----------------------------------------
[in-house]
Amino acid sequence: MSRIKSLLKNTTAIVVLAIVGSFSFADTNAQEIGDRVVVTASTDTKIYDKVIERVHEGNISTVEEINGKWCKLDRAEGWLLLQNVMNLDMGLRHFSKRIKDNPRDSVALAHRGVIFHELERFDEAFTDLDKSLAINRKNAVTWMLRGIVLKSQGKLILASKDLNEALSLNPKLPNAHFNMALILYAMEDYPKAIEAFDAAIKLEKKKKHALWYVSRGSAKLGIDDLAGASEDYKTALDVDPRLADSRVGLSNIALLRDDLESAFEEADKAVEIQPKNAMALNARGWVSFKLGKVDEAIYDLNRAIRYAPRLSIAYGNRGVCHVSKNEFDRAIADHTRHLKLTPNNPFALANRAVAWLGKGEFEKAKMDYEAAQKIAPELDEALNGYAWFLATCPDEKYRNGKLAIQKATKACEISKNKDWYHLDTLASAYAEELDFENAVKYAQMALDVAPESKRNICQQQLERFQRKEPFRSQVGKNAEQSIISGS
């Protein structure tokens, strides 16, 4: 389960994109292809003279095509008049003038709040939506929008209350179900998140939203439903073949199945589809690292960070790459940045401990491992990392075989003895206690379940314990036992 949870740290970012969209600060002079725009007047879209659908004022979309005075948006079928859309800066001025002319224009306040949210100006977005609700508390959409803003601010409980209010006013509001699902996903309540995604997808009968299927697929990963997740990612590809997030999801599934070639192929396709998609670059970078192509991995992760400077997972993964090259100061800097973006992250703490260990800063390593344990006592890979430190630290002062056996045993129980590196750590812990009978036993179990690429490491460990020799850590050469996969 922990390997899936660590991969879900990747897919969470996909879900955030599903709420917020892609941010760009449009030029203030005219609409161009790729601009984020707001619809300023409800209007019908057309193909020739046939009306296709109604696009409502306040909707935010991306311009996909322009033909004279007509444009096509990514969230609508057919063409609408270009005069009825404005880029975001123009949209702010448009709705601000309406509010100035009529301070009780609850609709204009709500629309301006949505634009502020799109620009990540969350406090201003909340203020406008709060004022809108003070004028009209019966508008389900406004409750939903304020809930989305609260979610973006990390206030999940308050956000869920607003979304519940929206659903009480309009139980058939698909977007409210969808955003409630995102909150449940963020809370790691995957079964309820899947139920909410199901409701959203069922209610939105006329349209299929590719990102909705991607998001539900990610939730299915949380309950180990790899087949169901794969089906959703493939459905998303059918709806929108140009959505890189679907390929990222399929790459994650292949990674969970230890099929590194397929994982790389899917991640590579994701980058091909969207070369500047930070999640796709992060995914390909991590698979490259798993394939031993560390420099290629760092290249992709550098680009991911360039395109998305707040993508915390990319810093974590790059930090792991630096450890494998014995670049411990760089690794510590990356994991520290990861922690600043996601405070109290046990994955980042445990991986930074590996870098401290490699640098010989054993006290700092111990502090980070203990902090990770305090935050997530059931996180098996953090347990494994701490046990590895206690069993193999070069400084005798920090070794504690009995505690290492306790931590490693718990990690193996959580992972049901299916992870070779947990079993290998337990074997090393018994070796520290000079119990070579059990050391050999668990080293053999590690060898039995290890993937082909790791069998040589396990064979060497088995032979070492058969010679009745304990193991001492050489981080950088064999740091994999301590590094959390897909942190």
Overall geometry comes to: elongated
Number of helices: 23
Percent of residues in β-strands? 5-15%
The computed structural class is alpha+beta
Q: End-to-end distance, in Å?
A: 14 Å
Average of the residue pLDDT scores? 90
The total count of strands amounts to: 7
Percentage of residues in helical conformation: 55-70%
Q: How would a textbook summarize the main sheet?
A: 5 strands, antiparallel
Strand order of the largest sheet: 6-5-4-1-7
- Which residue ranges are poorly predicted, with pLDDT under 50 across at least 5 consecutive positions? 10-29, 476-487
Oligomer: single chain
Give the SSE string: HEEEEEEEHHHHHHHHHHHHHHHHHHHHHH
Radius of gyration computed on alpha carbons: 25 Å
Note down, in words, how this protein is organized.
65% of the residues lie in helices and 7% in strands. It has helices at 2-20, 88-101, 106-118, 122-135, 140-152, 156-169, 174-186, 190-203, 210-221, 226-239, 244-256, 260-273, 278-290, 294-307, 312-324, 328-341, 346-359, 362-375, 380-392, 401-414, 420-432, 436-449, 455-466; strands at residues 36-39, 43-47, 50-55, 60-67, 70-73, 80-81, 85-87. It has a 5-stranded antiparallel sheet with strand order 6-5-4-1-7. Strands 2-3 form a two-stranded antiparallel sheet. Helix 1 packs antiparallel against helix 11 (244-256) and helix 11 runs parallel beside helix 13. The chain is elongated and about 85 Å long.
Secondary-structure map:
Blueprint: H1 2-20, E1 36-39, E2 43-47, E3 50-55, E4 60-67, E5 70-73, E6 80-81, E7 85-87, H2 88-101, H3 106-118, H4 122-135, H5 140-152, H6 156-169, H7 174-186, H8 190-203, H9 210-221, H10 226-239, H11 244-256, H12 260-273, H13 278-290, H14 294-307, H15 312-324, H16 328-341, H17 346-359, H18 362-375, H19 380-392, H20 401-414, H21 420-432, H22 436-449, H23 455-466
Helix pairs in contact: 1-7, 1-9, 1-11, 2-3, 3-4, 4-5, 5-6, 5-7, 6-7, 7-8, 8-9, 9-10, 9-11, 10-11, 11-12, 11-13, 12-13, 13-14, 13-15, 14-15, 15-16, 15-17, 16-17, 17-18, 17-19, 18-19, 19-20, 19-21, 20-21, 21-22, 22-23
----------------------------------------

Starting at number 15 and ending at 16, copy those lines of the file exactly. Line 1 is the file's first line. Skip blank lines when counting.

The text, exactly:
Strand order of the largest sheet: 6-5-4-1-7
- Which residue ranges are poorly predicted, with pLDDT under 50 across at least 5 consecutive positions? 10-29, 476-487